From fake food to furry friends, you might be surprised at what the Japanese get up to in their spare time. Read on for inventive and innovative ways to have fun, Tokyo style.
Shrouded in mystery, yet eminently accessible, Japan is full of intrigue and cultural wealth. Ancient customs co-exist happily with the modern technology that has facilitated the nation’s growth into an economic and commercial superpower. A rich and varied pop culture has evolved from the country’s futuristic and traditional diversity, with young professionals spending weekends at cat cafés or local karaoke parties. Free time is a limited commodity in Japan and the locals have become experts at spotting new trends. Get ahead of the rest with Schön!’s guide to popular Japanese pastimes.
In Japan cats are treated like royalty. The highly valued domestic pets are ingrained within Japanese popular culture, influencing everything from fashion to video games. This fascination with felines led to the launch of Japan’s first cat café in 2004 to cater for cat lovers who couldn’t keep pets of their own, as most Japanese landlords prohibit four-legged companions. Norimasa Hanada opened Tokyo’s first cat café to allow city-dwellers to meet and care for homeless cats. Hanada’s Neko No Mise (Shop of Cats) was an immediate hit with young women and 40 more cat cafés have since opened across Tokyo, where customers flock to enjoy a cup of tea and the company of cats in comfortable surroundings. Like most Japanese crazes, cat cafés have made their way to the UK, so it won’t be long before we’re all relaxing in the company of a feline friend.
Karaoke (meaning ‘empty orchestra’) is one of our favourite imports from the Land of the Rising Sun, and synonymous with Japanese pop culture. We all enjoy a good weekend sing-along, but for Japanese businessmen this is a serious and competitive sport. The prospect of embarrasment fuels hours of practice, often with a professional voice coach who provides instruction on tone, pitch and performance. Karaoke clubs are a popular after-hours hangout where the machines are much more advanced than those in Europe. Singers are given points and scores based on the strength of their performance and even told how many calories they’ve burned. Interactive karaoke rooms allow groups of friends to sing together and even rate each other’s skills. This is competitive singing at its best.
Gaming is big business in Japan, with software giants like Nintendo and Sony using their influence to bankroll multiple storey gaming centres across the country. Each floor is dedicated to a specific game genre, from fighting games to musical games. It’s not uncommon for business men to visit arcades on their lunch break or indulge in an hour of gaming in between meetings. Since it’s illegal to gamble for money in Japan, arcades often set up machines where vouchers and prizes can be won. A version of pinball gambling called Pachinko is so popular that many arcades across Tokyo are known as Pachinko Parlours.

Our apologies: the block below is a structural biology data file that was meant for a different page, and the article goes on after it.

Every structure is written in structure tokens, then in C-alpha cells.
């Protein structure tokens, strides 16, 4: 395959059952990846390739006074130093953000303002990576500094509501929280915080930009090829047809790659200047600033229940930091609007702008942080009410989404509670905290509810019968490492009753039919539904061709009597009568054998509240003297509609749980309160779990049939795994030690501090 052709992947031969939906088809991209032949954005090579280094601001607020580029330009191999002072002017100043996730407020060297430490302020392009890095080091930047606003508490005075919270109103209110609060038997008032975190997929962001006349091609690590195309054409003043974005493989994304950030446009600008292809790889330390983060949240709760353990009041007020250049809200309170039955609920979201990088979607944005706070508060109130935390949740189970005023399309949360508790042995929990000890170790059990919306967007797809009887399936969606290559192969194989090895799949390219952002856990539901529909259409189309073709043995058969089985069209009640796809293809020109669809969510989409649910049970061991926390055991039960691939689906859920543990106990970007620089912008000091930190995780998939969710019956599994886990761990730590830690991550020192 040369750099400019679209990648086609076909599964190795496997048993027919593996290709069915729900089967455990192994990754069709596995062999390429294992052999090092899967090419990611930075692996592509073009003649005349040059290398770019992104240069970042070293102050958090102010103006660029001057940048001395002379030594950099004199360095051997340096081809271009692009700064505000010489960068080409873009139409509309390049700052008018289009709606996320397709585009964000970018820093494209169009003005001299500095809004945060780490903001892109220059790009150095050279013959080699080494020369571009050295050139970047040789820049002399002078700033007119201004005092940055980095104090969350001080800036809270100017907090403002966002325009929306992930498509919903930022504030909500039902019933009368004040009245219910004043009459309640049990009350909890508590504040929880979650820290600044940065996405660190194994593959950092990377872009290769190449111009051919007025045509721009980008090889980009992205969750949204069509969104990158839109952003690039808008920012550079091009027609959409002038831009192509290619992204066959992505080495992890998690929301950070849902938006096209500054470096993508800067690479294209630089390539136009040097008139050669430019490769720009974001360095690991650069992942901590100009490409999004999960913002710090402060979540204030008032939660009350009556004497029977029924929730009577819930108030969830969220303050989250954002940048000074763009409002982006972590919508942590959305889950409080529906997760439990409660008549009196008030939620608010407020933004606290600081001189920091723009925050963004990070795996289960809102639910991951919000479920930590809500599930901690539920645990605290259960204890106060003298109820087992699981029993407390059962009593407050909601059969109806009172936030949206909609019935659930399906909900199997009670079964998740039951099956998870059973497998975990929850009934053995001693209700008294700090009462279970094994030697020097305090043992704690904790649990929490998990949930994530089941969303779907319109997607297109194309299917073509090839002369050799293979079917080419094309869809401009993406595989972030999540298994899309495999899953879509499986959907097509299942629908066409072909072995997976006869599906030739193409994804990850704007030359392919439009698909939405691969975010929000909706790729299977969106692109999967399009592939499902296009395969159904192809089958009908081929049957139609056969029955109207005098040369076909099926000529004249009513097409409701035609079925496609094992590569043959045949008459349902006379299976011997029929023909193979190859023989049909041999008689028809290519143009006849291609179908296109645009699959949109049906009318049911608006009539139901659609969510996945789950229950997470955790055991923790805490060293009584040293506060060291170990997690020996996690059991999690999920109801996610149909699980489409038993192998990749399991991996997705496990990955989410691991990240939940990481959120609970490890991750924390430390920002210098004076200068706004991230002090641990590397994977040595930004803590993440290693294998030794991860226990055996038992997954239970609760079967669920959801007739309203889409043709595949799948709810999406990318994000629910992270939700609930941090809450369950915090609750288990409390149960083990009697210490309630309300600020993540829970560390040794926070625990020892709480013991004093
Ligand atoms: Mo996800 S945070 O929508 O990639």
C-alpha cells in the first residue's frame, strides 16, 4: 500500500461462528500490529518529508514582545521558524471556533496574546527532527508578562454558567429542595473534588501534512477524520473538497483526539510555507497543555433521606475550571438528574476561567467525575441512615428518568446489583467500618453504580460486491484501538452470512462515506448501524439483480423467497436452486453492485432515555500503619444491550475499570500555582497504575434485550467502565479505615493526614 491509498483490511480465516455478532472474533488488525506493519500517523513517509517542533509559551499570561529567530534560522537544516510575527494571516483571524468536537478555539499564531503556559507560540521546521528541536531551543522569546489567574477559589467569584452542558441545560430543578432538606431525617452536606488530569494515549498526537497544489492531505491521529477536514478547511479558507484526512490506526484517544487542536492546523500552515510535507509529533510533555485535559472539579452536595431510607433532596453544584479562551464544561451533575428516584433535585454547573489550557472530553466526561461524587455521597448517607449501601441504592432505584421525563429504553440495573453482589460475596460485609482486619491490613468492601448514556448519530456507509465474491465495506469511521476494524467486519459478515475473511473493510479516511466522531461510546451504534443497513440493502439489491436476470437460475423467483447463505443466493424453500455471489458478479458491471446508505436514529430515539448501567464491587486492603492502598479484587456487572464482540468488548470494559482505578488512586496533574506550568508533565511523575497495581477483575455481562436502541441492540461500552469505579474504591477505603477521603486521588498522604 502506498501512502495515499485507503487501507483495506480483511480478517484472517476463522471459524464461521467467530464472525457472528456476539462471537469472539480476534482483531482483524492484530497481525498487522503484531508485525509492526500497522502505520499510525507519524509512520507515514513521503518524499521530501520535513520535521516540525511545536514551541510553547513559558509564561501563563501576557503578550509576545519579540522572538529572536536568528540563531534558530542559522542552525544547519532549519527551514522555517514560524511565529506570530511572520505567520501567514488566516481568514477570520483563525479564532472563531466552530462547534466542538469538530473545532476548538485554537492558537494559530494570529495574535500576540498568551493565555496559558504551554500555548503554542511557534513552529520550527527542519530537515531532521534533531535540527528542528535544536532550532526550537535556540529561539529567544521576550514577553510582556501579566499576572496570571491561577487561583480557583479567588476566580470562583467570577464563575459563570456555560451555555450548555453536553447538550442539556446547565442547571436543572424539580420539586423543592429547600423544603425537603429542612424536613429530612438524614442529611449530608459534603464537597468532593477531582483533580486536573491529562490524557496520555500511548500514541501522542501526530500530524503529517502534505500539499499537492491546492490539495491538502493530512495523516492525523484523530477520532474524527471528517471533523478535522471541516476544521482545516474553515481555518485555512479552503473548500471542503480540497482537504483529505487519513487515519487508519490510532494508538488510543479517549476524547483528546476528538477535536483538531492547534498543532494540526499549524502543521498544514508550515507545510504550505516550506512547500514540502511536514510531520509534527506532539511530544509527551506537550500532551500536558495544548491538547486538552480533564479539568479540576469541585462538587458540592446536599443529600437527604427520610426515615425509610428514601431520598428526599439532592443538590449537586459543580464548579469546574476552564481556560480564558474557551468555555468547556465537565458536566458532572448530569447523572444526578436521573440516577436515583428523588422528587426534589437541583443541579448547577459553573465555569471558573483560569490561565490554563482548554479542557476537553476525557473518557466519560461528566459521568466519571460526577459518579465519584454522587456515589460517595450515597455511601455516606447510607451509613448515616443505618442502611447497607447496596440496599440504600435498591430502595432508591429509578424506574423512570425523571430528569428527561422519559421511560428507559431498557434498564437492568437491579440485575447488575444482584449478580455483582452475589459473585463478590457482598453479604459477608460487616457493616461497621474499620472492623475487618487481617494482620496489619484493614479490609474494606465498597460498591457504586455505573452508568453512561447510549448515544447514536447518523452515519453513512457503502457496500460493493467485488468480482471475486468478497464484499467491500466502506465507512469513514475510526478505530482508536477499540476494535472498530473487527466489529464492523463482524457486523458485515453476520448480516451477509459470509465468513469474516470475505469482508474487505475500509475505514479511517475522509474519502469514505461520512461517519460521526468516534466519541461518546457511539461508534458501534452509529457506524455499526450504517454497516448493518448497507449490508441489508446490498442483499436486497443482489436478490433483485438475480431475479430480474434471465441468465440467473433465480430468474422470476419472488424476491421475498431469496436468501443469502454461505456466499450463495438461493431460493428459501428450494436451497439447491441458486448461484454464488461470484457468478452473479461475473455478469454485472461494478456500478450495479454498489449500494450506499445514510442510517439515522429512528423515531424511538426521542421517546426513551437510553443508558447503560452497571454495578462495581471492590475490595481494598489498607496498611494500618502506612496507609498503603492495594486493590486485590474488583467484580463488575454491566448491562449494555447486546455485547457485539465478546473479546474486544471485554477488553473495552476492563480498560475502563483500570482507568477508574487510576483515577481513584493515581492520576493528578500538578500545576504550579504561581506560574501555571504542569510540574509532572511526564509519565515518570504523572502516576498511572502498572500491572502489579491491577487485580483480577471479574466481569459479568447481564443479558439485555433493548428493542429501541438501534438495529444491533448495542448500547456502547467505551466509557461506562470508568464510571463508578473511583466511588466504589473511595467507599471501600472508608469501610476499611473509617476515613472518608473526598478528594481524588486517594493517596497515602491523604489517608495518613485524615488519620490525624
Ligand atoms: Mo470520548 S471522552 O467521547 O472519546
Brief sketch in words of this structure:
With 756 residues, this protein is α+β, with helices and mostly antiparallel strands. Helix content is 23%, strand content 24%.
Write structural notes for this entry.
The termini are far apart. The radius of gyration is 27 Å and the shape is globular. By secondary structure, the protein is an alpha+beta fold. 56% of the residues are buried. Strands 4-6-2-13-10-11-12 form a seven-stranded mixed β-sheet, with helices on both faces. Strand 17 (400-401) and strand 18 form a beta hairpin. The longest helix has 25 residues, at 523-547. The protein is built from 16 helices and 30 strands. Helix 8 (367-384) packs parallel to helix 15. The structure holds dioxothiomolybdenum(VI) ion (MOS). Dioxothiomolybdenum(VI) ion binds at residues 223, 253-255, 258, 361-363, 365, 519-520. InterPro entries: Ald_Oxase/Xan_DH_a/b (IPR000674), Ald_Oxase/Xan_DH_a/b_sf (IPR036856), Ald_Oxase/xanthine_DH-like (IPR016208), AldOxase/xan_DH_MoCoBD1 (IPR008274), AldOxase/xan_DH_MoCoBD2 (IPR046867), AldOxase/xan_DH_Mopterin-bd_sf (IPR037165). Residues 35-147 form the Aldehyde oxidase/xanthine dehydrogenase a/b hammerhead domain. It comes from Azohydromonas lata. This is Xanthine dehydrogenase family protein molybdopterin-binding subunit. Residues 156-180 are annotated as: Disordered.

A disciplined art form that reflects Japanese attention to minimalism and construction, Ikebana is so much more than simple flower arranging. With a focus on stems and leaves, it looks at the whole construction of a flower, focusing on line and shape to create a harmonious arrangement. Practitioners follow certain standards and guidelines within each project, building around a triangle shape which is believed to represent heaven, earth and man and, in other arrangements, sun, moon, and earth. Even the container itself is important, with artists creating their own vases from clay or wood. The Japanese celebrate their love for perfectly formed plant life on midori no hi (Greenery Day) on 4th May every year.
Fake Food Crafting
Fashioning fake food sounds less than appetising, but this unusual craze is a popular pastime in Japan. Most Japanese restaurants display fake food in their shop windows to mimic specialties within that establishment. Everything from udon noodles to fruit and ice cream can be faked and the craft itself has gained a significant following. Across Tokyo, ‘faux food’ classes are oversubscribed as attendees find new and creative ways to play with foodstuffs. One company, Fake Food Hatanaka, has even turned fake food into jewellery, from bacon rasher headbands to chip earrings and pizza necklaces. We’re off to fashion a banana bracelet.